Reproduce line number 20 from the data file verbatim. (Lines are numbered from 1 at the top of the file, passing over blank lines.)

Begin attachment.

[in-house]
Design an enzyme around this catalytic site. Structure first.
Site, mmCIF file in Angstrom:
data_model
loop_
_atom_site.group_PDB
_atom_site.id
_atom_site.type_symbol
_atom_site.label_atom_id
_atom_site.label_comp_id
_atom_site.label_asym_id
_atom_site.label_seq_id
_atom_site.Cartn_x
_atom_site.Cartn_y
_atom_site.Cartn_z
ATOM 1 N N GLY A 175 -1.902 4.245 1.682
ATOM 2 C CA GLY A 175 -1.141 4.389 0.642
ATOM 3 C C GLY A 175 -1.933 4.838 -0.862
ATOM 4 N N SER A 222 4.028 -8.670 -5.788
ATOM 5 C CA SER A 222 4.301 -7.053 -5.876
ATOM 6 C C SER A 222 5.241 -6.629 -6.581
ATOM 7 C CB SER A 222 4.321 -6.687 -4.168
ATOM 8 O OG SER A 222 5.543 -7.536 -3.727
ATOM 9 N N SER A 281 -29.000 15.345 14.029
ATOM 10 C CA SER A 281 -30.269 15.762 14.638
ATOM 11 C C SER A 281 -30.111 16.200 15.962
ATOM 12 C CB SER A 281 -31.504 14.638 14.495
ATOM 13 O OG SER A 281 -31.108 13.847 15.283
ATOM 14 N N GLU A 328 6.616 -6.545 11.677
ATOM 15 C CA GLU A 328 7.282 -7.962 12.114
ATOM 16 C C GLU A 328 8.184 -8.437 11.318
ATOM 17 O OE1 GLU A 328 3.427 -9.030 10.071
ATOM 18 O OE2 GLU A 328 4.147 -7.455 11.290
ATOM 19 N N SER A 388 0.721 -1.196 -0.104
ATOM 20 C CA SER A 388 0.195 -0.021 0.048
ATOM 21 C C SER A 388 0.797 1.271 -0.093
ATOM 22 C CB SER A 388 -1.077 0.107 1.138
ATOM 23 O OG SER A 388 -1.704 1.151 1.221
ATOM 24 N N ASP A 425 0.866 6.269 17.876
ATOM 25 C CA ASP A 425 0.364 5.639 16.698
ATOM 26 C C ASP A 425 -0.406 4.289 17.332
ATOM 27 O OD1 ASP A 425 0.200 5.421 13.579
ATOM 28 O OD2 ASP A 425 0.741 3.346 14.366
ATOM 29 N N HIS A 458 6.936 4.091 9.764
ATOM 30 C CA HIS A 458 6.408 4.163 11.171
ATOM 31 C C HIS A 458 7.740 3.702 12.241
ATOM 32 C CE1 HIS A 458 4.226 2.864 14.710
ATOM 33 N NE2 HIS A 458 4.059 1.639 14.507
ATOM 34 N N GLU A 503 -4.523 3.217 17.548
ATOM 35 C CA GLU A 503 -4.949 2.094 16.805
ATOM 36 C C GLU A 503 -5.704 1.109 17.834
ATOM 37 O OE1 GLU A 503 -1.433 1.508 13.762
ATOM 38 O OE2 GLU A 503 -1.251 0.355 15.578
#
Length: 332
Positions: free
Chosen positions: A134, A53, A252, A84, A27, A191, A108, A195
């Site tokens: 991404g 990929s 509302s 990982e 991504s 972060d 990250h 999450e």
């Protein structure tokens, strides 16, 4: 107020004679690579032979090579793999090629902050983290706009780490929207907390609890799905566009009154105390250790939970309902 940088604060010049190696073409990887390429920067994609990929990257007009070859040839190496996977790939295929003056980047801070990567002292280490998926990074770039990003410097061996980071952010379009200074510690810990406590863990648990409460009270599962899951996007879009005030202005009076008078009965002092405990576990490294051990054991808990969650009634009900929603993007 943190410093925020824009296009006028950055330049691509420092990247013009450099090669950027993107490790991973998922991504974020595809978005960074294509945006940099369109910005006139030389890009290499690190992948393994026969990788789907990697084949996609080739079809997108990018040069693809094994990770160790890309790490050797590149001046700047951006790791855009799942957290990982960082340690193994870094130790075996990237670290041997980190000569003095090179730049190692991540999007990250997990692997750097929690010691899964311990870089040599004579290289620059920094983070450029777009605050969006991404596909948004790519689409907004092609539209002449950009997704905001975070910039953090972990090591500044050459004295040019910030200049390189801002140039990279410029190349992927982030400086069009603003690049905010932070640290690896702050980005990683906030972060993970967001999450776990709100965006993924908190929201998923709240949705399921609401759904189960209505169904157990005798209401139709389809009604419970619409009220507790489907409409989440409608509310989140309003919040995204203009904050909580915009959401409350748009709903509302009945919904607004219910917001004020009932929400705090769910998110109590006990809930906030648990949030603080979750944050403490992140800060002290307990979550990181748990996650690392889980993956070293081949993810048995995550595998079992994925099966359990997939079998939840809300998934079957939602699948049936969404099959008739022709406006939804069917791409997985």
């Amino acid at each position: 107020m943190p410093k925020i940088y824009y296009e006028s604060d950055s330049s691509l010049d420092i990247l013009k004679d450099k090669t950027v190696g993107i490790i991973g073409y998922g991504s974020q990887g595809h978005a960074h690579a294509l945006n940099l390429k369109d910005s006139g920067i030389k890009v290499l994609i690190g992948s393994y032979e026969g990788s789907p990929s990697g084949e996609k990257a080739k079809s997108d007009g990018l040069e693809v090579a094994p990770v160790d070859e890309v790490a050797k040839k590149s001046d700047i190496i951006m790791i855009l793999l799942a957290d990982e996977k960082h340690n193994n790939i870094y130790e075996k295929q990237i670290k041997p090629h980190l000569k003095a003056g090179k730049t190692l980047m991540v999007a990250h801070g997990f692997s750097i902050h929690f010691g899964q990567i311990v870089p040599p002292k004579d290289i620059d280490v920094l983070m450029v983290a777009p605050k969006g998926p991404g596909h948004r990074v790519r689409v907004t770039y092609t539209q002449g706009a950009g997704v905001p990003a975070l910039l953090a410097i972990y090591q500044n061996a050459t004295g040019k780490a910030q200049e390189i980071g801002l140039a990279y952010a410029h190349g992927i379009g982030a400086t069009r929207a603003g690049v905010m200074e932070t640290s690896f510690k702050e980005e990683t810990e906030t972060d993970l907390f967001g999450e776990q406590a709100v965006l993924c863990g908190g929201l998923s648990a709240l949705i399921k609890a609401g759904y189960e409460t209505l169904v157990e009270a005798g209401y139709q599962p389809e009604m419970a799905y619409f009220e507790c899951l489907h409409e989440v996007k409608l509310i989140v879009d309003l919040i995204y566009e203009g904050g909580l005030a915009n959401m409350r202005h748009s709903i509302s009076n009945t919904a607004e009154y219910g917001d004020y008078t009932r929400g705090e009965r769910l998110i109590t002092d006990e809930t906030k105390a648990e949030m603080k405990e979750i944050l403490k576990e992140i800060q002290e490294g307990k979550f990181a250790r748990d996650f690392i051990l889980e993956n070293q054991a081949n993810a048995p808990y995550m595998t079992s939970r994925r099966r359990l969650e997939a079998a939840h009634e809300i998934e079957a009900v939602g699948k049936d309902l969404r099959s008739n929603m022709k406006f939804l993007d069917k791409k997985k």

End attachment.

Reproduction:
ATOM 5 C CA SER A 222 4.301 -7.053 -5.876